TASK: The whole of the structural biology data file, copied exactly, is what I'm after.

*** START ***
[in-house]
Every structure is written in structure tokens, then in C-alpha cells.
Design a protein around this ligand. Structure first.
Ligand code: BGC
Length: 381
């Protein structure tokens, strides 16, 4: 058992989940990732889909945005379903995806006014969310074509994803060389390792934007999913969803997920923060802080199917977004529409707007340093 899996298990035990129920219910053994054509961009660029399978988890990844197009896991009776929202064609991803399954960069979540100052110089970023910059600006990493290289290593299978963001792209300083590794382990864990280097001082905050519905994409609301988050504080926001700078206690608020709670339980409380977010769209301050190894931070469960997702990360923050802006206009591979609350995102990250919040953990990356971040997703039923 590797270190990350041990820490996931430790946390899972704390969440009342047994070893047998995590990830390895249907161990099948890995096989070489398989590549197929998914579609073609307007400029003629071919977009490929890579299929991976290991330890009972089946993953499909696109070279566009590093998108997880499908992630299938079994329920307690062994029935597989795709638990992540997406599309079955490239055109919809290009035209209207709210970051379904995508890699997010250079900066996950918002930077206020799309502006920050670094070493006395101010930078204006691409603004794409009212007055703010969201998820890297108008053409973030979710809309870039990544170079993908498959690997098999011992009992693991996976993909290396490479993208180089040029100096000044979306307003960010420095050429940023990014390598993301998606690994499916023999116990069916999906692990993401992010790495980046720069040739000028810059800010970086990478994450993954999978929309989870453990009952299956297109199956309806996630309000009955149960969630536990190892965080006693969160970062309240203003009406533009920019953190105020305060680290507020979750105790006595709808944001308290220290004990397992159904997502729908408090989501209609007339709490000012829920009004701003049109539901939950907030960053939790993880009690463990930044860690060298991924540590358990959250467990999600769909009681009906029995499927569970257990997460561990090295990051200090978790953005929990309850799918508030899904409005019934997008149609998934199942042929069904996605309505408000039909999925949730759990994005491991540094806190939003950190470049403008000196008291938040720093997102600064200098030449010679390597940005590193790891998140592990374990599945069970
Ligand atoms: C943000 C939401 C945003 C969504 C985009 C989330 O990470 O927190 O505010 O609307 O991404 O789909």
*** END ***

[in-house]
Every structure is written in structure tokens, then in C-alpha cells.
Design a protein around this ligand. Structure first.
Ligand code: BGC
Length: 381
């Protein structure tokens, strides 16, 4: 058992989940990732889909945005379903995806006014969310074509994803060389390792934007999913969803997920923060802080199917977004529409707007340093 899996298990035990129920219910053994054509961009660029399978988890990844197009896991009776929202064609991803399954960069979540100052110089970023910059600006990493290289290593299978963001792209300083590794382990864990280097001082905050519905994409609301988050504080926001700078206690608020709670339980409380977010769209301050190894931070469960997702990360923050802006206009591979609350995102990250919040953990990356971040997703039923 590797270190990350041990820490996931430790946390899972704390969440009342047994070893047998995590990830390895249907161990099948890995096989070489398989590549197929998914579609073609307007400029003629071919977009490929890579299929991976290991330890009972089946993953499909696109070279566009590093998108997880499908992630299938079994329920307690062994029935597989795709638990992540997406599309079955490239055109919809290009035209209207709210970051379904995508890699997010250079900066996950918002930077206020799309502006920050670094070493006395101010930078204006691409603004794409009212007055703010969201998820890297108008053409973030979710809309870039990544170079993908498959690997098999011992009992693991996976993909290396490479993208180089040029100096000044979306307003960010420095050429940023990014390598993301998606690994499916023999116990069916999906692990993401992010790495980046720069040739000028810059800010970086990478994450993954999978929309989870453990009952299956297109199956309806996630309000009955149960969630536990190892965080006693969160970062309240203003009406533009920019953190105020305060680290507020979750105790006595709808944001308290220290004990397992159904997502729908408090989501209609007339709490000012829920009004701003049109539901939950907030960053939790993880009690463990930044860690060298991924540590358990959250467990999600769909009681009906029995499927569970257990997460561990090295990051200090978790953005929990309850799918508030899904409005019934997008149609998934199942042929069904996605309505408000039909999925949730759990994005491991540094806190939003950190470049403008000196008291938040720093997102600064200098030449010679390597940005590193790891998140592990374990599945069970
Ligand atoms: C943000 C939401 C945003 C969504 C985009 C989330 O990470 O927190 O505010 O609307 O991404 O789909």